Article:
Biographies from Historical and Biographical Annals by Morton Montgomery


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Conrad Samuel Reber, M. D. Among the prominent members of the medical profession in Berks county, Pa., none is more favorably known in his locality than Dr. Conrad Samuel Reber, whose chosen field of practice is the village of West Reading. Dr. Reber was born Sept. 23, 1876, at Bernville, Berks county, son of William H. and Fyetta (Stoudt) Reber.

John Reber, great-grandfather of Dr. Conrad S., was a farmer of Penn township, where he died in 1860, at the age of eighty-five years, being a son of Valentine Reber, who is buried in the old Union Church cemetery at Bernville. John Reber married Salome Steiner, and they had a family of nine children, namely: Conrad; Elizabeth; Samuel m. Catherine Berger; Eva m. John Christian Berger; Sarah m. Peter Umbenhauer; Christiana m. Daniel Kline; Catherine m. Michael Kline; Polly m. Daniel Schneider; and Molly m. Jacob Kline. John Reber was buried in the old homestead burial ground, still maintained, in which five generations of the family, in a direct line, rest, namely: John, who died in 1860; his son Conrad, his grandson William, his great-grandson John, and his great-great-grandson Robert.

Conrad Reber, grandfather of Dr. Conrad, was a farmer of Penn township, where he was born on the old homestead in 1798, the property being situated along the Northkill, about a mile north of Bernville. He was an active member of the German Baptist (Dunkard) denomination, and in that faith he died in 1872. He m. Susan Hiester, daughter of Daniel Hiester, of Upper Bern township, and they had a family of thirteen children: John, m. Caroline Strause; William; Polly m. Joseph Lengel; Daniel m. Catherine Gicker, (second) Elizabeth Smith, and (third) Mary Kerper; Henrietta m. Harrison Stoudt; Elizabeth m. Michael Ebling; Joel; Isaac m. Sarah Stump, and five died young. After the decease of his first wife, Conrad Reber married Caroline Bickel, but no children were born of this union.

William H. Reber, father of Dr. Conrad S., was born in 1831, on the Reber homestead, where he was reared to manhood, and spent his entire life there, dying in 1904. He married Fyetta Stoudt, daughter of William Stoudt, of the same place, and by her had seven children: Harrison m. Carolina Levan; Levi m. Amelia Faust; Franklin m. Lillian Naftzinger; Annie m. Aaron Eckert; Conrad S.; and two died young.

Conrad Samuel Reber received his preliminary education in the local schools, and then attended Juniata College, graduating from the commercial department in 1893, and the general department two years later. Upon his return home, he taught school in Penn township, in the Scull Hill school for three terms, and with this additional preparation he selected the profession of medicine for his vocation, and entered the office of W. G. Beyerle, at Bernville, for the purpose of reading medicine under his instruction. In 1899, he entered Jefferson Medical College, at Philadelphia, and graduated in 1903, when he located at West Reading. Here he has carried on a successful practice to the present time, and in 1905 he erected one of the finest dwellings in the place for his home and office.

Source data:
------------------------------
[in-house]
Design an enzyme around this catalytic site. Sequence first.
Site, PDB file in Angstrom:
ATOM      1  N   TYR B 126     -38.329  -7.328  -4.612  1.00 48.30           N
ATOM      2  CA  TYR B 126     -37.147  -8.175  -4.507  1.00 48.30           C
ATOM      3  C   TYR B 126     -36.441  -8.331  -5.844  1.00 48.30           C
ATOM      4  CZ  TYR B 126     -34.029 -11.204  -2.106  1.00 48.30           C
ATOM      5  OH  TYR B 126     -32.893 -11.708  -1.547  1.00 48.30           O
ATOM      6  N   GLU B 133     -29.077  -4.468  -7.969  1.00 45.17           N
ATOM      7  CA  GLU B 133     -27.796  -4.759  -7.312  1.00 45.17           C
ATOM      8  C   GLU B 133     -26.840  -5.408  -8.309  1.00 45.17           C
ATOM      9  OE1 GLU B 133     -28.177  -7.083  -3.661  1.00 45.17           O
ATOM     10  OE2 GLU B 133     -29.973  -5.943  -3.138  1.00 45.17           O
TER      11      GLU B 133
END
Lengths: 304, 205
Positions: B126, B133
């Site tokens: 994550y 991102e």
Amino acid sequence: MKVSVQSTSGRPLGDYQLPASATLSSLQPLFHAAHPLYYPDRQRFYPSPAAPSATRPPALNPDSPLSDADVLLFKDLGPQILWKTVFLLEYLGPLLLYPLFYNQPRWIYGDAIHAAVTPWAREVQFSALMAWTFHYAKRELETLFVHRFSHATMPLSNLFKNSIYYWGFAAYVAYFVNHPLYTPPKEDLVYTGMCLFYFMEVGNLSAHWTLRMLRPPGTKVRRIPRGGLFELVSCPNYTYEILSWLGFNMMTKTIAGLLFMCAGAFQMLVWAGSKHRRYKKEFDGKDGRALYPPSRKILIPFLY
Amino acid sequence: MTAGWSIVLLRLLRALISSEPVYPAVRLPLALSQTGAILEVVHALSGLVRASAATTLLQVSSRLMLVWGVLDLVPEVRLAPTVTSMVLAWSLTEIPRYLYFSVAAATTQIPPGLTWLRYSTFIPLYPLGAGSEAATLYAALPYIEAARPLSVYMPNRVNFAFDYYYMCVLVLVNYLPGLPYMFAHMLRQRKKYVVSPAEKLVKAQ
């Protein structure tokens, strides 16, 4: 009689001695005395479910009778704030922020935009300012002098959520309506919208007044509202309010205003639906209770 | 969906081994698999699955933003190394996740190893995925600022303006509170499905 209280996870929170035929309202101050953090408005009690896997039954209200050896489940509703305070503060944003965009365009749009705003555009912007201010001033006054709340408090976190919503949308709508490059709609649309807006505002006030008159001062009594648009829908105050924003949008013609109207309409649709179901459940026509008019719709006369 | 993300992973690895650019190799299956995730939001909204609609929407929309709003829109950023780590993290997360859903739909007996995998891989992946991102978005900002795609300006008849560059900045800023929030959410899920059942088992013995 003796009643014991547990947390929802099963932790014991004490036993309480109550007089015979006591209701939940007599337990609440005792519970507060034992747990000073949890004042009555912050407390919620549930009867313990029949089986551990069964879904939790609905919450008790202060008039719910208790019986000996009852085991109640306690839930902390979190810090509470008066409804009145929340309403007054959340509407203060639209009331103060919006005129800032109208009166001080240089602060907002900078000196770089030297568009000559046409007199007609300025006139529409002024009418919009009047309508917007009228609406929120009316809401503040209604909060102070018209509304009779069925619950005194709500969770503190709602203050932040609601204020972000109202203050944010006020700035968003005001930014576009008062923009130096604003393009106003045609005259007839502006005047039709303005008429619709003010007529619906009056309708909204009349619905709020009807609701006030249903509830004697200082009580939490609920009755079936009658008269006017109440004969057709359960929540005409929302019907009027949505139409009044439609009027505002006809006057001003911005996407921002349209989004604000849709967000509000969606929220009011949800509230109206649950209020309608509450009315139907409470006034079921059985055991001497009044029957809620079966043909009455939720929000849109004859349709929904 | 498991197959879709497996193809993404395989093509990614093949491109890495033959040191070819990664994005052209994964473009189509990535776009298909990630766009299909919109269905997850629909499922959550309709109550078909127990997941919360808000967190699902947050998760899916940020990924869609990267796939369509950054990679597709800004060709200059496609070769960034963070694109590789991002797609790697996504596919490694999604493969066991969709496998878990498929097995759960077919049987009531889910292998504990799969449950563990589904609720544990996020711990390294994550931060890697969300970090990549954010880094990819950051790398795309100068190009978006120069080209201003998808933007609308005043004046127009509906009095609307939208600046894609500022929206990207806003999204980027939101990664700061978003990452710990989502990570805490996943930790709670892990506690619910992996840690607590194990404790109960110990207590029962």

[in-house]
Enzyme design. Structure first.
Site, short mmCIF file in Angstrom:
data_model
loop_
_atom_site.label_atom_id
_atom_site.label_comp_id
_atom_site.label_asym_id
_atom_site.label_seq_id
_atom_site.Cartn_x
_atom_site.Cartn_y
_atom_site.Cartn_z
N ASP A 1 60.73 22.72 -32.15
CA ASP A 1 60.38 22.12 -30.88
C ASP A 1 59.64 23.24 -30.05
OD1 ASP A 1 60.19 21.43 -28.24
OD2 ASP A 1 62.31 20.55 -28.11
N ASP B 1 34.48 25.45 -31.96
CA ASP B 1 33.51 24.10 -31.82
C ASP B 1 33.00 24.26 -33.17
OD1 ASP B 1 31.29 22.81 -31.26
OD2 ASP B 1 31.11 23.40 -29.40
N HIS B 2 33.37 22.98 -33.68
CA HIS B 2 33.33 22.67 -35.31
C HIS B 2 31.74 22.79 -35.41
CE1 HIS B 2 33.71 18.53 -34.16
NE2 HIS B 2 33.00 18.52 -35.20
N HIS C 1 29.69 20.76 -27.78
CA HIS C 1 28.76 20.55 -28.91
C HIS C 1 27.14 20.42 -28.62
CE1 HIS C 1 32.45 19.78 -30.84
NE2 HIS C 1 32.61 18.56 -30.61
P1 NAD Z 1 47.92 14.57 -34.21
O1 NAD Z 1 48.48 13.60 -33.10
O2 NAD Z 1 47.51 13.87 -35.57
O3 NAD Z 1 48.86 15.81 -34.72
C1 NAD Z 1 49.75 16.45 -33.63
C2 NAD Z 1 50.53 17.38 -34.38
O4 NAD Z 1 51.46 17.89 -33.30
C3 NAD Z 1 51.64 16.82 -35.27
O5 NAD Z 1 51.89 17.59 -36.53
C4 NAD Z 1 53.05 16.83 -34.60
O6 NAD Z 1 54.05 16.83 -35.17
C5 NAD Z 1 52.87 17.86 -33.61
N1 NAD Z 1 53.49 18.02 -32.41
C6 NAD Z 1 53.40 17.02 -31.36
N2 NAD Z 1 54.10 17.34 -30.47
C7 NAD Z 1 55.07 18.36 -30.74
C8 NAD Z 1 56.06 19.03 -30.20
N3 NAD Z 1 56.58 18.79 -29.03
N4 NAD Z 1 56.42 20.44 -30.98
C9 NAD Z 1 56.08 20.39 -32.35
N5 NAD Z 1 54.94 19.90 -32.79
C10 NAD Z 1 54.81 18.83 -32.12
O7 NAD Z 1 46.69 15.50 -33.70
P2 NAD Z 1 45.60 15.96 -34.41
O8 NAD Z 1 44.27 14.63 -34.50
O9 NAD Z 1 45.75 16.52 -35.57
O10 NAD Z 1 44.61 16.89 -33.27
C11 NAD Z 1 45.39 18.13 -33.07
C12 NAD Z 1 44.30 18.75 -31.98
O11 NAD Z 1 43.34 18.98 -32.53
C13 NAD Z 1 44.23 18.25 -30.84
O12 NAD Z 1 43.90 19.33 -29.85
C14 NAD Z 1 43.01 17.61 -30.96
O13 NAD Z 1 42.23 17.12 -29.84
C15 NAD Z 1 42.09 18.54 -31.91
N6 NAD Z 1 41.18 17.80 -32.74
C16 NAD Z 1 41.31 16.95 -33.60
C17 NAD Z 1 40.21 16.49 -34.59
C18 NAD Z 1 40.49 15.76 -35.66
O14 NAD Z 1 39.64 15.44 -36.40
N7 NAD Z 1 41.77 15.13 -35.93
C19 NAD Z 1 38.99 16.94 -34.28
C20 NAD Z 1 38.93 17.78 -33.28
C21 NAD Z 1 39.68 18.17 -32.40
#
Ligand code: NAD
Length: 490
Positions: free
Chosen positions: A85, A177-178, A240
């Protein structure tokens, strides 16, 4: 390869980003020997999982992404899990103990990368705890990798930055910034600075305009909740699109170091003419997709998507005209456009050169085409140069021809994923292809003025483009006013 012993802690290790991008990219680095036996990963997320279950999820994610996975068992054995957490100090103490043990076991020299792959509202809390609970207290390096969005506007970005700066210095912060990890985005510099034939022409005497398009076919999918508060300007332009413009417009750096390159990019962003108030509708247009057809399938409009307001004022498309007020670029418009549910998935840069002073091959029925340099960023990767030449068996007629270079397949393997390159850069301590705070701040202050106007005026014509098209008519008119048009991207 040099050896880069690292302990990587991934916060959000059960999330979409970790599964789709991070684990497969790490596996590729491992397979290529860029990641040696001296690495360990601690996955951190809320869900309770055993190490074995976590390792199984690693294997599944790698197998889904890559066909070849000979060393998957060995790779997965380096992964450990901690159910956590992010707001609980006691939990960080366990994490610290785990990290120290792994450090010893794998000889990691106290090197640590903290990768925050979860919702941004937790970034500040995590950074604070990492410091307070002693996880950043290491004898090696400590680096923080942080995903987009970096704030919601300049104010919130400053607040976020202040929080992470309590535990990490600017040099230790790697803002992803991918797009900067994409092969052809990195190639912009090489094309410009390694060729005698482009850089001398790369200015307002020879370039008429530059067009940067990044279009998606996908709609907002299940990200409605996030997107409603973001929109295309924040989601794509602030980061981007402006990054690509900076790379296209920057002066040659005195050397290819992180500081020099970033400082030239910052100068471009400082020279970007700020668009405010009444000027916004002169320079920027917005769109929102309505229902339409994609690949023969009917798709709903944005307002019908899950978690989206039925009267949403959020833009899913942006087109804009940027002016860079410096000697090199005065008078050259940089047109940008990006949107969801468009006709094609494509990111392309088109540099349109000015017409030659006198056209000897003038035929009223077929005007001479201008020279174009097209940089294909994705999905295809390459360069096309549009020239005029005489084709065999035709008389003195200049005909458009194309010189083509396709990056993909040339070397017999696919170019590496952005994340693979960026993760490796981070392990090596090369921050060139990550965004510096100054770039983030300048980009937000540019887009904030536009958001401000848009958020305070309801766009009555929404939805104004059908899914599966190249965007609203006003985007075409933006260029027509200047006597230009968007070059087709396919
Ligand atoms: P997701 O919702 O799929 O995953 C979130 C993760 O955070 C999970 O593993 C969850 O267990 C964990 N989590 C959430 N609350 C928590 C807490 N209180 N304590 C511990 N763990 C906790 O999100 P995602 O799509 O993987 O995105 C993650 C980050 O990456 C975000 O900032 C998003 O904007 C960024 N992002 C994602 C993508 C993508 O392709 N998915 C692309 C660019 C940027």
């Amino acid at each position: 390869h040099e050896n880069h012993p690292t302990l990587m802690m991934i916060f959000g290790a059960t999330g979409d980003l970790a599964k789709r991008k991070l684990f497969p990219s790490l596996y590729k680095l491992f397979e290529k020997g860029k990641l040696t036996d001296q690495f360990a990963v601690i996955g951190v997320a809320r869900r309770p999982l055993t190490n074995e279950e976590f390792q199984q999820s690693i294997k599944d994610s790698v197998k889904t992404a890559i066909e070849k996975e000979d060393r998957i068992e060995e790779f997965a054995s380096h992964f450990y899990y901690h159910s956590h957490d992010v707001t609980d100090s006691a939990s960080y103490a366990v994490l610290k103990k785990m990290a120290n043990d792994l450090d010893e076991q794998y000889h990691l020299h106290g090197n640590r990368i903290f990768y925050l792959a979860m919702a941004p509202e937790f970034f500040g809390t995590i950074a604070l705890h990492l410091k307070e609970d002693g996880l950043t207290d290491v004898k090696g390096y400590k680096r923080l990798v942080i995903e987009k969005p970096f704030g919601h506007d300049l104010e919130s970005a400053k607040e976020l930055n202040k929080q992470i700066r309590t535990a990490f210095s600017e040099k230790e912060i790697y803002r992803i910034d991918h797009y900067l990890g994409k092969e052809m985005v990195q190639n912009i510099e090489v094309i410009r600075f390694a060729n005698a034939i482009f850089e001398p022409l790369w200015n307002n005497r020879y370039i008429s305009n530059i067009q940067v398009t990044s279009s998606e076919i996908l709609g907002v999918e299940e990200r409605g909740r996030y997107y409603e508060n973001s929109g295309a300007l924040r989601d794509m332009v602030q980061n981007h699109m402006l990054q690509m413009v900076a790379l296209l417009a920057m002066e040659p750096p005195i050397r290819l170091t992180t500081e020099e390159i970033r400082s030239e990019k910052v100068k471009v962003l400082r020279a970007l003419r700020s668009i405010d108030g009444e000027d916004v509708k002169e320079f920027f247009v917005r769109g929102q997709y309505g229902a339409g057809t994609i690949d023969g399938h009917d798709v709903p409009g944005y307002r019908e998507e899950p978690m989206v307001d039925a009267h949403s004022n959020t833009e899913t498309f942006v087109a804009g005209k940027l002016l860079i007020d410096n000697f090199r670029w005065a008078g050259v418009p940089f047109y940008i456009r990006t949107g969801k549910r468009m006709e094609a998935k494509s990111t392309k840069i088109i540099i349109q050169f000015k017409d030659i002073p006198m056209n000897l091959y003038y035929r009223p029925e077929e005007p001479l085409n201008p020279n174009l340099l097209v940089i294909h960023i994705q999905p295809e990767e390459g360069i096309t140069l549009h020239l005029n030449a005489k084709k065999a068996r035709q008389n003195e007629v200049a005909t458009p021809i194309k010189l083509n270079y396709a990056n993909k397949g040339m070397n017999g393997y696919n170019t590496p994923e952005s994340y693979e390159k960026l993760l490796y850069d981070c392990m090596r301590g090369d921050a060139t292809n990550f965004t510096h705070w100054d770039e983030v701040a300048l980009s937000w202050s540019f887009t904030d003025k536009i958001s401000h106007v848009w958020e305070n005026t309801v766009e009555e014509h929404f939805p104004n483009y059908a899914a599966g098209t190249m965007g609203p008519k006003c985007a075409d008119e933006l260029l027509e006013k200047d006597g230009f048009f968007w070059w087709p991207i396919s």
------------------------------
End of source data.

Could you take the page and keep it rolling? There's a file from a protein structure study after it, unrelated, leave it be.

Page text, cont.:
Dr. Reber married Tillie E. Ruth, daughter of Edwin G. Ruth.


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Reber. (I) Jacob Reber, the ancestor of many of the Rebers of Berks county, was born Feb. 4, 1760, and died Sept. 19, 1843, aged eighty-three years, seven months, fifteen days. He owned a fine farm in Bern (now Upper Tulpehocken) township, where he died. His wife, Susanna, born Nov. 10, 1762, died Nov. 24, 1843, aged eighty-one years, fourteen days. They are buried side by side at the Zion's Blue Mountain Church.

(II) Jonathan Reber, son of Jacob, born Feb. 21, 1802, died June 6, 1859, aged fifty-seven years, three months, sixteen days. He was a farmer in Upper Tulpehocken township, owning a farm of about 160 acres near Strausstown, at the Blue Mountain Church. He is buried at the Blue Mountain Church. He married Susanna Grime, born Aug. 27, 1803, died Jan. 7, 1871, and to them were born the following named children: Charlotte, Jonathan G., Benneville G., Mary, Solomon G., Catharine, Issabella, Percival G., Elias G., Adam and Amilia. Of this family we have the following record:

(III) Charlotte Reber married Adam Spangler, who had a farm in Snyder county, Pa., where he died. He is buried at the Keiser Church. Mrs. Spangler died in Fremont, Nebr., and her remains were brought East to the home of her youngest son, Adam, in Selin's Grove, Snyder county, where the funeral was held. There she was buried, by the side of her husband. They had children: Jonathan, Diana, Lewis, Charles, Frank, George, Clara and Adam.